R. Prashar and colleagues at the Henry Ford Transplant Institute, Detroit, Michigan, performed an analysis to examine short-term outcomes among living kidney donors who were previously infected with COVID-19 as well as outcomes in recipients of kidneys from those donors. Results of the analysis were reported during a virtual presentation at the 2021 American Transplant Congress. The presentation was titled Short-Term Outcomes in Previously COVID Positive Living Kidney Donors and Their Recipients.
Following a brief COVID-19 related hiatus in transplants from March 2020 to May 2020, the institute performed 33 living donor transplants as of the date of the presentation. Of those, the researchers identified three consecutive living kidney donors who were diagnosed with COVID-19 prior to transplant. The analysis included retrospective data on clinical characteristics for donors and recipients.
The transplants were approved following meeting the institutional requirements of resolution of COVID. COVID-19 resolution requirements for both donors and recipients were negative nasopharyngeal testing by nucleic acid test for SARS-CoV-2 at 28 days after resolution of COVID-19 symptoms and a repeat negative test 48 hours prior to transplant.
Mean time from COVID-19 diagnosis to donation was 56 days. All donors had mild disease that did not require hospitalization; none had hematuria or proteinuria prior to donation. With the exception of expected initial decline in estimated glomerular filtration rate, the post-donation course was uncomplicated in all three donors. Findings in post-perfusion biopsy in donor 2 showed an incidental finding of immunoglobin A nephropathy (Oxford classification 0). There were no viral particles on electron microscopy.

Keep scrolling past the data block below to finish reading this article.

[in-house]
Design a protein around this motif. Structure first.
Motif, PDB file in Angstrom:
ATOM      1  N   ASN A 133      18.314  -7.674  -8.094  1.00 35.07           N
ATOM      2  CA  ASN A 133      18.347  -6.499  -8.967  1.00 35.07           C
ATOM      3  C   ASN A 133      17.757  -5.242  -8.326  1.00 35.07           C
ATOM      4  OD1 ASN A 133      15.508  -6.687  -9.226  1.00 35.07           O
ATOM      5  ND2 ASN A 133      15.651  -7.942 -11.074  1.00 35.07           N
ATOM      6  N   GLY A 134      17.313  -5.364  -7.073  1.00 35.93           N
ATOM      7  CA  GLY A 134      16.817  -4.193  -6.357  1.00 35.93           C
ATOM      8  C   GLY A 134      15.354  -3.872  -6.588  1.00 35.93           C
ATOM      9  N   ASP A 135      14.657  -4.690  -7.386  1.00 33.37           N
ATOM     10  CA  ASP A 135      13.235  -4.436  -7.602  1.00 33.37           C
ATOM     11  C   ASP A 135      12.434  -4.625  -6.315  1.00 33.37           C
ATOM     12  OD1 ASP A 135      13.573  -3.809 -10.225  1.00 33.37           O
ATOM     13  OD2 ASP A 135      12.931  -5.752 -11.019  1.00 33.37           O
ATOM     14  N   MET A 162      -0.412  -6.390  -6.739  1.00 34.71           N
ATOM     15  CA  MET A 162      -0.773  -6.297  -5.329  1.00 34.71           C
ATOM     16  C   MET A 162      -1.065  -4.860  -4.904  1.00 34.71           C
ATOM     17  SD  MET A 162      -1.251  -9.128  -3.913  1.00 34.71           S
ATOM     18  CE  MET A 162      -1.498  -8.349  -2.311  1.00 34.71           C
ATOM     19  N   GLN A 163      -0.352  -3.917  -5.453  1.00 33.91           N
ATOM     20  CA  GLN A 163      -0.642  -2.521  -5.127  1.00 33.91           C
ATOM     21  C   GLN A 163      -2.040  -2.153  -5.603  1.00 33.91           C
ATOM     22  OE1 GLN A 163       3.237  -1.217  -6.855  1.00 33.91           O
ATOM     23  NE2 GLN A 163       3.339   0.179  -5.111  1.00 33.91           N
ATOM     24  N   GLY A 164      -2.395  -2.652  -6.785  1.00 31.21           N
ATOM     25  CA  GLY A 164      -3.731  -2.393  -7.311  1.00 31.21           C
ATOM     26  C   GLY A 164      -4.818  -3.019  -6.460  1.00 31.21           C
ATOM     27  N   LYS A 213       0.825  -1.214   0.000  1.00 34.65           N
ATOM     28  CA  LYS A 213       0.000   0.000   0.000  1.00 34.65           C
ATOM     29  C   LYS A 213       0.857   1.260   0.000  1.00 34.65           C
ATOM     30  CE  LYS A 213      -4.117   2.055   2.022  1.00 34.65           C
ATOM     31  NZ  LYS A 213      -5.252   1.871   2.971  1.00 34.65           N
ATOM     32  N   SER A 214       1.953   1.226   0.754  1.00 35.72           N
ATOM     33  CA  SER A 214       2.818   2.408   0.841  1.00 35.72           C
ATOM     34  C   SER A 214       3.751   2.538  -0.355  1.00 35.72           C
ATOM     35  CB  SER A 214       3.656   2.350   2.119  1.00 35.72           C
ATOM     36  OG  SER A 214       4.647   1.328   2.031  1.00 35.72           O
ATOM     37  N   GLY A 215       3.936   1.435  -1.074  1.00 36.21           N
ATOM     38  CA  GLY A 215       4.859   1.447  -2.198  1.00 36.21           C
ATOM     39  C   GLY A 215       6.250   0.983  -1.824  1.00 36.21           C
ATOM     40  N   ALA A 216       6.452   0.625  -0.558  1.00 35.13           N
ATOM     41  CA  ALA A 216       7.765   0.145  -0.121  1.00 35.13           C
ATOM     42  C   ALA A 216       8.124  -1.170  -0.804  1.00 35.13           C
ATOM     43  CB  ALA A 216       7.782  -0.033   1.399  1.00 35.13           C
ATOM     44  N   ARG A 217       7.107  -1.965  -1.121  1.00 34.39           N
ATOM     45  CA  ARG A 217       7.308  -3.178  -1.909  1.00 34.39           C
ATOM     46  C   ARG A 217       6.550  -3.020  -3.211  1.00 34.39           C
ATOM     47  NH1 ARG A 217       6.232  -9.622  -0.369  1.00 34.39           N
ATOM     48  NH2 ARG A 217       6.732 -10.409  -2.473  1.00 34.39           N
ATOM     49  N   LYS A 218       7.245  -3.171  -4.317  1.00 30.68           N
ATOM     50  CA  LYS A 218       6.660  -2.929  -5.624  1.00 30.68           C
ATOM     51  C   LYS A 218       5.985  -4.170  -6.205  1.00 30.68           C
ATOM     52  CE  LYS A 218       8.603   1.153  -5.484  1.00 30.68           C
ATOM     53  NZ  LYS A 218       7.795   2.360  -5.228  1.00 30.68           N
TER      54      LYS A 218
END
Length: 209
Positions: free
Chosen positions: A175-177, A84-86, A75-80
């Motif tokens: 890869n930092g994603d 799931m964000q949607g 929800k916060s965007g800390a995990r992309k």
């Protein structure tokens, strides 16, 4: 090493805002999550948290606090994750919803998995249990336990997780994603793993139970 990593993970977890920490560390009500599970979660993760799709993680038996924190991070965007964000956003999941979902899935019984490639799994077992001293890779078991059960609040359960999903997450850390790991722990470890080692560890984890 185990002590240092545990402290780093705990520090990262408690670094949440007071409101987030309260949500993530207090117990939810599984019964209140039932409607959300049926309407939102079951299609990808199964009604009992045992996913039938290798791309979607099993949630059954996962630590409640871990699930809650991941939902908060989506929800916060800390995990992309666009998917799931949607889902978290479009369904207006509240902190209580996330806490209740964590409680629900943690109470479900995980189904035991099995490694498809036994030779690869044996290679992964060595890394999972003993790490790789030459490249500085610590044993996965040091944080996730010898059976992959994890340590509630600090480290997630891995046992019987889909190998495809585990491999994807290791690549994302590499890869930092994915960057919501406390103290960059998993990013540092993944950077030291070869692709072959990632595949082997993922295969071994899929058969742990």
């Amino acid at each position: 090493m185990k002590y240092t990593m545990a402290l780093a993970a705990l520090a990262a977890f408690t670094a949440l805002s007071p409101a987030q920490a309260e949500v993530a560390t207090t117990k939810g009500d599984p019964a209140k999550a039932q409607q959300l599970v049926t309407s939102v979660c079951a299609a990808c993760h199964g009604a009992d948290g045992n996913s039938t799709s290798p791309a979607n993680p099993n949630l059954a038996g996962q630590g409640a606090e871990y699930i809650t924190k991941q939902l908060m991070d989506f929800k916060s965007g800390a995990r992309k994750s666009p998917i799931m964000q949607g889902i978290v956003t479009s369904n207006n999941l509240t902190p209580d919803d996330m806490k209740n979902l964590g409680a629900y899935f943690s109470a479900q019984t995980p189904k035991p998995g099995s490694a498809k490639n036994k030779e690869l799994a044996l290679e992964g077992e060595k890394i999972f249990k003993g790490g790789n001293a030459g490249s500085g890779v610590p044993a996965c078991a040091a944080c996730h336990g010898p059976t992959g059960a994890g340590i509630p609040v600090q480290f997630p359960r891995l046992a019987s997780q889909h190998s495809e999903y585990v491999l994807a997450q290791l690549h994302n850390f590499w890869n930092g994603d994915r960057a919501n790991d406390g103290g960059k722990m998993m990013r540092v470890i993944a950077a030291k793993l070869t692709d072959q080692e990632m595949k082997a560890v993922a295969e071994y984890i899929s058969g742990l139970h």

In recipient #2, there was patchy podocyte foot process effacement, believed to be due to recurrence of focal segmental glomerulosclerosis (FSGS). Recipient #1 had COVID-19 prior to transplantation. The post-transplant course was uneventful in two of the three recipients. Recipient #2 developed recurrence of FSGS immediately post-transplant; her course was further complicated by mild COVID-19 on day 7 following transplant. Her COVID-19 was managed by reduction in immunosuppression, bamlanivimab, steroids, and remdesivir. The exact COVID exposure for patient #2 is not known; she appears to have contracted it from the community.
In conclusion, the researchers said, “Living kidney donors with previously resolved COVID-19 appear to have an uncomplicated immediate post-donation course. Recipients of living kidney donors with resolved COVID tend to do well. Questions remain regarding optimal timing of donation and transplant after COVID resolution to minimize risk of SARS-CoV-2 transmission through tissue, even with negative nasopharyngeal PCR [polymerase chain reaction].”
Source: Prashar R, Khoury N J , Ramesh M, Patel A K. Short term outcomes in previously COVID positive living kidney donors and their recipients. Abstract of a presentation at the virtual 2021 American Transplant Congress (Abstract #LB 54), June 5, 2021.